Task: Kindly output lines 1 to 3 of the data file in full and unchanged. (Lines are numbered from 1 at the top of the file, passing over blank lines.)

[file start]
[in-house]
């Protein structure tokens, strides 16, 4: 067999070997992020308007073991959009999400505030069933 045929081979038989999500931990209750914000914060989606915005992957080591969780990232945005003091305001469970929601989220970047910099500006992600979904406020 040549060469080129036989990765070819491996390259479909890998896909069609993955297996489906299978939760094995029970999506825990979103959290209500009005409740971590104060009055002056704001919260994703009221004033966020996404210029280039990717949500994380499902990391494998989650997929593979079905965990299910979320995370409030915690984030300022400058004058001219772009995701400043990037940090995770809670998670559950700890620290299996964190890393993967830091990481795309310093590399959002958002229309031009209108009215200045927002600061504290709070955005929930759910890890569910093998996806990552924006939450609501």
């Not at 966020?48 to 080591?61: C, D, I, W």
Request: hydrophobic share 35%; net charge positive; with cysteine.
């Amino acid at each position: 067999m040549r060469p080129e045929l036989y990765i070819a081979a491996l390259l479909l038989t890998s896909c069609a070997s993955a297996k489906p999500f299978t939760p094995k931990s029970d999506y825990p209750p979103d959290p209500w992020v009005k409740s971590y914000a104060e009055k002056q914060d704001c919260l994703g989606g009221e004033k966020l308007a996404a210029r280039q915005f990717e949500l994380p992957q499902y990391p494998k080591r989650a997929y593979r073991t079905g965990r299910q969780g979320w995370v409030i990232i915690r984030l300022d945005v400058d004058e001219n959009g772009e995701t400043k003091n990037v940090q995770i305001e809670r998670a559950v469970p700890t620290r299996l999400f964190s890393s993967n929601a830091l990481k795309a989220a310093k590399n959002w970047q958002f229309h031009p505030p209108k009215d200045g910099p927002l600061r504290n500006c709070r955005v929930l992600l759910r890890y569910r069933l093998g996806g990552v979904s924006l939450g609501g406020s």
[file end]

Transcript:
[in-house]
């Protein structure tokens, strides 16, 4: 067999070997992020308007073991959009999400505030069933 045929081979038989999500931990209750914000914060989606915005992957080591969780990232945005003091305001469970929601989220970047910099500006992600979904406020 040549060469080129036989990765070819491996390259479909890998896909069609993955297996489906299978939760094995029970999506825990979103959290209500009005409740971590104060009055002056704001919260994703009221004033966020996404210029280039990717949500994380499902990391494998989650997929593979079905965990299910979320995370409030915690984030300022400058004058001219772009995701400043990037940090995770809670998670559950700890620290299996964190890393993967830091990481795309310093590399959002958002229309031009209108009215200045927002600061504290709070955005929930759910890890569910093998996806990552924006939450609501």
């Not at 966020?48 to 080591?61: C, D, I, W």